Ohio's Primary is Not Top-of-Mind for Many Voters Yet, but National Concerns Are
It’s five weeks before Ohio’s primary, and so far, the presidential candidates and their issues seem far removed from many Ohioans’ lives. As WKSU’s M.L. Schultze reports, that’s not just because those candidates have been spending all their time in New Hampshire.
Editor's note: We’ll be checking back with the B& K regularly though the 2016 election. And though this presidential field may seem more crowded than in years’ past, you can check at the bottom of this story to find some surprising parallels with the election of 1996.
It's the economy and healthcare -- again
The B&K restaurant is unusually quiet the morning after the Superbowl, though the first set of regulars are in their booths at 6:30, and most of the rest stroll in during the next hour or so. The waitress pours from a bottomless pot of coffee – that and a full breakfast can still come in at about 5 bucks or so.
That’s not a whole lot more than when I reported from here back in the 90s. We picked the B&K back then to talk about issues during presidential election years because the family-owned restaurant was in the middle of the swing township – Perry -- in the swing county – Stark – in the swing state – Ohio.
Over and over back then, people cited two issues key to their lives: The economy and healthcare.
And neither of those concerns has gone away.
Wendy Smith steps out from the kitchen to fill a tall mug with coffee and stops to chat with a customer at the counter. She hasn’t had much sleep lately.
“She tried to stand yesterday. She thought she could stand. She fell. She’s strong willed.”
That's because her sister had a stroke two weeks ago -- and has no health insurance.
“I was more worried about her than thinking health insurance. But now that we’re together mentally, you’re like ‘OK, how are we going to deal with this?’ That’s when it hits you.”
Still, she told sister not to worry about it: “’Don’t worry about nothing, just get better, that’s what you have to do.”
The Affordable Care Act was supposed to have resolved this.
A powerless or too powerful government?
But to Bill Daar, the solutions promised by politicians are too often part of accelerating problems that government can’t or won’t do anything about.
He retired from the Timken Company after 30 years, in the days before outside shareholders forced the steel and bearing icon to split into two. He sees himself as one of the lucky ones.
“You’ve gotta work under 30 hours. So people gotta hold two jobs. That means the school children especially, they don’t have two parents at home or anybody to help them; usually it’s a single-family home and education suffers...”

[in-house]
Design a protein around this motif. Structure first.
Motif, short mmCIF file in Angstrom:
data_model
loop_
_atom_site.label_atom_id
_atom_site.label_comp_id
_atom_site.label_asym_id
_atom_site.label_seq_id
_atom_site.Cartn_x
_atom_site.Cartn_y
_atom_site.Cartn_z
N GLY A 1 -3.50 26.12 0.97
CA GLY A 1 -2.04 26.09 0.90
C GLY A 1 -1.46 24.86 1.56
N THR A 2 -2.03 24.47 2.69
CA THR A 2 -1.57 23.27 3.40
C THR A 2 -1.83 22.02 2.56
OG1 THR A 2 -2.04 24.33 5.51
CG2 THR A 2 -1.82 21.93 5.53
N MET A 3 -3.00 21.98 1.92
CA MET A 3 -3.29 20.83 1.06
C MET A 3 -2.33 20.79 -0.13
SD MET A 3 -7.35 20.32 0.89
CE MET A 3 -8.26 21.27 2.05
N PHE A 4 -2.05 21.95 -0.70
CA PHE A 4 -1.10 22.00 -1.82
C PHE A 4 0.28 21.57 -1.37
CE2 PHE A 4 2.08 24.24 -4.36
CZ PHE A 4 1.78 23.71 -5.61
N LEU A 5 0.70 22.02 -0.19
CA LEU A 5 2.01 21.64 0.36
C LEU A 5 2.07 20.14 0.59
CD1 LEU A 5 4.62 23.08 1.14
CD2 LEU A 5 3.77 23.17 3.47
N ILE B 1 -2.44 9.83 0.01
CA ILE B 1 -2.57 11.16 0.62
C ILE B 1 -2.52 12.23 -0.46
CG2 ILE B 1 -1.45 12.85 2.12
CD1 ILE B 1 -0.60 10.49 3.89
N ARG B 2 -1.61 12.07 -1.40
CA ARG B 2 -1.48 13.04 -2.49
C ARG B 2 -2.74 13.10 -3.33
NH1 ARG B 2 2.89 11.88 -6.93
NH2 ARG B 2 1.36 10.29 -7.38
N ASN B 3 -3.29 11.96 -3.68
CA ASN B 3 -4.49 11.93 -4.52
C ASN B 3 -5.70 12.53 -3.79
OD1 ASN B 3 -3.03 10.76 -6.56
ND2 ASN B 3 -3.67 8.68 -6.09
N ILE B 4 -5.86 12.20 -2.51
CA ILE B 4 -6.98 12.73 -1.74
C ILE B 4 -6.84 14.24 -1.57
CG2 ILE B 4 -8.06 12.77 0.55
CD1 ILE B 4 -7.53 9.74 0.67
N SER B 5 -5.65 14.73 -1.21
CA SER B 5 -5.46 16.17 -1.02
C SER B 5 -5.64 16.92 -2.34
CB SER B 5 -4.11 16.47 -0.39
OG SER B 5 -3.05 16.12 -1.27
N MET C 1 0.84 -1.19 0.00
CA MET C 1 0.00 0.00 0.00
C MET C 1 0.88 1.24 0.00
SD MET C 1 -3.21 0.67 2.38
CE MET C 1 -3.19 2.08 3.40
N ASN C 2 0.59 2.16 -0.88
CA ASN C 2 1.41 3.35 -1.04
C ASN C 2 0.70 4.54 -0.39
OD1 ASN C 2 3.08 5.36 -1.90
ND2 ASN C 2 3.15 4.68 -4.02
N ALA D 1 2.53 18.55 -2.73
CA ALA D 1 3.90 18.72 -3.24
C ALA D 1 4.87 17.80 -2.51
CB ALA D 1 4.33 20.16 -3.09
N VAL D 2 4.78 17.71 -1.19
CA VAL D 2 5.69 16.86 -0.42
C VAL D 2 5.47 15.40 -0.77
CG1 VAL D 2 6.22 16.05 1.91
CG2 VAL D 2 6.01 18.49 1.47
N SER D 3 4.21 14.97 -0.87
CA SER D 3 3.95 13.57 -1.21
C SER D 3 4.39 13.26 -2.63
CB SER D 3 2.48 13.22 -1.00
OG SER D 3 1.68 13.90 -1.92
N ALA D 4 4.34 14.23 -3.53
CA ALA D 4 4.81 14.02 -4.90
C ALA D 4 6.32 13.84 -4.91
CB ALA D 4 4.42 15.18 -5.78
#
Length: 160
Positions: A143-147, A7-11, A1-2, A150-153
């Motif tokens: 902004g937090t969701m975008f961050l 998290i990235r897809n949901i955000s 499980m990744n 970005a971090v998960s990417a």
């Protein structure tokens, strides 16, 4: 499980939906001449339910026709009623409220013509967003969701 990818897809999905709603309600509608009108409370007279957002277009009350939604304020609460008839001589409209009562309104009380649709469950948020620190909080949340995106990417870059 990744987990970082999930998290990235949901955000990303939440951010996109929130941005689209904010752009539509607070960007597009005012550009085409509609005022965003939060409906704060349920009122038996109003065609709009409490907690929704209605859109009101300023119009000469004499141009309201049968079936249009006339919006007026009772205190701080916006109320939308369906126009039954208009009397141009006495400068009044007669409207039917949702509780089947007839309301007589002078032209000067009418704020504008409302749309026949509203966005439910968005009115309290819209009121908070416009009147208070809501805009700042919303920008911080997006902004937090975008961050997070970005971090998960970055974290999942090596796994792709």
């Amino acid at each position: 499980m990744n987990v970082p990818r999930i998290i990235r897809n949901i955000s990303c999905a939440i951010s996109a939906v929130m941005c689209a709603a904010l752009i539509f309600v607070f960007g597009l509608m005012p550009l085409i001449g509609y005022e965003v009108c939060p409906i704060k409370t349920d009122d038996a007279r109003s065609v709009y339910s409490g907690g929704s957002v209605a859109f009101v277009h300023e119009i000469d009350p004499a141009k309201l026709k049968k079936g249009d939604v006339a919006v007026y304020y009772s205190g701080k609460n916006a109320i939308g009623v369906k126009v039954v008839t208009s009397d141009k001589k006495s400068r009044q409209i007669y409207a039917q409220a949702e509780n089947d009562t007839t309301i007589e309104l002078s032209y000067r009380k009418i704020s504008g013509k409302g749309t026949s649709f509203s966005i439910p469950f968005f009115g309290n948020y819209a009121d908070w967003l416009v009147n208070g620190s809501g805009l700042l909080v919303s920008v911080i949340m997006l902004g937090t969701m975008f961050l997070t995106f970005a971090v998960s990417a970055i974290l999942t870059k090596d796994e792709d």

Daar is not exactly one of this year’s much-talked-about angry voters.
For him, it’s more of a defensive disinterest. Politics and government and the people who populate them are a collective “they” and he’s tuning it all out – at least until it gets closer to the primary.
“I got so sick of being lied to I quit listening to TV.”
Jeff Greenfelder says he, too, is waiting awhile before he tunes in.
“They have a tendency to talk around issues and not really tell you what they truly believe in. They want to try to tell you what you want to hear rather than what specifically they are going to do.”
National issues, perhaps local solutions
Greenfelder is a retired anatomy and physiology teacher – and his students included Brad and Karen Miller – who bought the restaurant from the original B and K more than 10 years ago
In rapid succession, Greenfelder gives a history of Stark County’s economy:
“This county for so many years relied upon steel and associated industries. People like the Hoover Co., which is basically not making any sweepers in this country any more....”
An international comparison of healthcare:
“I’ve been to Norway, which is a socialistic country. They do very well. They pay for all their medication, all their education, everything. But they only have 5 million people in the country. And they have North Coast oil. ...”
And an examination of Middle East policies:
“We have spent huge amounts of money and we’re losing lives and we have gained nothing by it. The reason we have problems with ISIS, the Taliban etc. is we’re interfering their countries and they don’t like that. ...”
But he says many problems – from drug addition to education to family support -- are closer to home – and so are the solutions.
“We’ve made such a big deal out of it. The press has made such a big deal out of it that we throw up our hands and say, ‘There’s nothing we can do about it.’ But there is and it has to start at the grass roots level.”
Still, Greenfelder and some of the others promise they’ll tune in more to the presidential candidates after voters in New Hampshire and some of the states have done some winnowing for them. Then they stop and add that they hope one candidate is not winnowed out before Ohio gets its say ... Gov. John Kasich.
Think back to the election of 1996...
Ohio voters back in 1996 had lots of choices to make in the March primary. And some may seem familiar in name or at least in biography.
There was a Clinton, a very wealthy businessman, and a socially conservative African American. Here’s the rundown and their vote totals:
Clinton, Bill D 713,153 91.84
LaRouche, Lyndon H., Jr. D 63,377 8.16
Total Party Votes: 776,530
Dole, Bob R 640,954 66.53
Buchanan, Patrick J. R 208,012 21.59
Forbes, Steve R 58,131 6.03
Keyes, Alan R 27,197 2.82
Alexander, Lamar R 19,530 2.0
Lugar, Richard G. R 9,598 1.00
Total Party Votes: 963,422
Total State Votes: 1,739,952